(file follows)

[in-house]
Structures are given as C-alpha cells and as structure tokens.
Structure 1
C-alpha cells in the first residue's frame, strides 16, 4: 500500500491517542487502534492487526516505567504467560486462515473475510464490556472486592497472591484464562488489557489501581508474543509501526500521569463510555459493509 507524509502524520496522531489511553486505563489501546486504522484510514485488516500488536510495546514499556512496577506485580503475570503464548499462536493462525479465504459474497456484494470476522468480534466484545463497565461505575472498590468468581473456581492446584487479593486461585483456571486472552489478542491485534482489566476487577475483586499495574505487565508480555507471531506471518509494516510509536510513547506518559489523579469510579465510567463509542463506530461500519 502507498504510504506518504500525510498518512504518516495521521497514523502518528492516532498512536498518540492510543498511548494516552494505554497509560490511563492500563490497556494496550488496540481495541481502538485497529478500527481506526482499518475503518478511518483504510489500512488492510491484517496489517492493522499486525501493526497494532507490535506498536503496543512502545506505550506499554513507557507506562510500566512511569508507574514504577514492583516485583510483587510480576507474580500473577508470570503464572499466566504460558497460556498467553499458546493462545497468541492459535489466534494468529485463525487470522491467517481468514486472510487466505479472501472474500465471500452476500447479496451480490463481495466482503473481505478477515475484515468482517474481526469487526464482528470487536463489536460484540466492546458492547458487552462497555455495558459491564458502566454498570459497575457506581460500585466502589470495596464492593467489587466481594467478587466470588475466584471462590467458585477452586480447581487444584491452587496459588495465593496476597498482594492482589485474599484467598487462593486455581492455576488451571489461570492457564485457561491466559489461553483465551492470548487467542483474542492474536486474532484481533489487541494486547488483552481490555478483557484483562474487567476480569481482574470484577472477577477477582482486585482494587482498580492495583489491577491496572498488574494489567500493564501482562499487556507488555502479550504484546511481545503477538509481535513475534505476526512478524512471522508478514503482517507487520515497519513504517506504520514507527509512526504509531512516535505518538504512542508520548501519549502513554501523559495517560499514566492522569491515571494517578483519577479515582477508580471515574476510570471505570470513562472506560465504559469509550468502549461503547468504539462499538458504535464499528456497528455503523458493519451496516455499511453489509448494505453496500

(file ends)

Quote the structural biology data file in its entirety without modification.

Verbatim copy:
[in-house]
Structures are given as C-alpha cells and as structure tokens.
Structure 1
C-alpha cells in the first residue's frame, strides 16, 4: 500500500491517542487502534492487526516505567504467560486462515473475510464490556472486592497472591484464562488489557489501581508474543509501526500521569463510555459493509 507524509502524520496522531489511553486505563489501546486504522484510514485488516500488536510495546514499556512496577506485580503475570503464548499462536493462525479465504459474497456484494470476522468480534466484545463497565461505575472498590468468581473456581492446584487479593486461585483456571486472552489478542491485534482489566476487577475483586499495574505487565508480555507471531506471518509494516510509536510513547506518559489523579469510579465510567463509542463506530461500519 502507498504510504506518504500525510498518512504518516495521521497514523502518528492516532498512536498518540492510543498511548494516552494505554497509560490511563492500563490497556494496550488496540481495541481502538485497529478500527481506526482499518475503518478511518483504510489500512488492510491484517496489517492493522499486525501493526497494532507490535506498536503496543512502545506505550506499554513507557507506562510500566512511569508507574514504577514492583516485583510483587510480576507474580500473577508470570503464572499466566504460558497460556498467553499458546493462545497468541492459535489466534494468529485463525487470522491467517481468514486472510487466505479472501472474500465471500452476500447479496451480490463481495466482503473481505478477515475484515468482517474481526469487526464482528470487536463489536460484540466492546458492547458487552462497555455495558459491564458502566454498570459497575457506581460500585466502589470495596464492593467489587466481594467478587466470588475466584471462590467458585477452586480447581487444584491452587496459588495465593496476597498482594492482589485474599484467598487462593486455581492455576488451571489461570492457564485457561491466559489461553483465551492470548487467542483474542492474536486474532484481533489487541494486547488483552481490555478483557484483562474487567476480569481482574470484577472477577477477582482486585482494587482498580492495583489491577491496572498488574494489567500493564501482562499487556507488555502479550504484546511481545503477538509481535513475534505476526512478524512471522508478514503482517507487520515497519513504517506504520514507527509512526504509531512516535505518538504512542508520548501519549502513554501523559495517560499514566492522569491515571494517578483519577479515582477508580471515574476510570471505570470513562472506560465504559469509550468502549461503547468504539462499538458504535464499528456497528455503523458493519451496516455499511453489509448494505453496500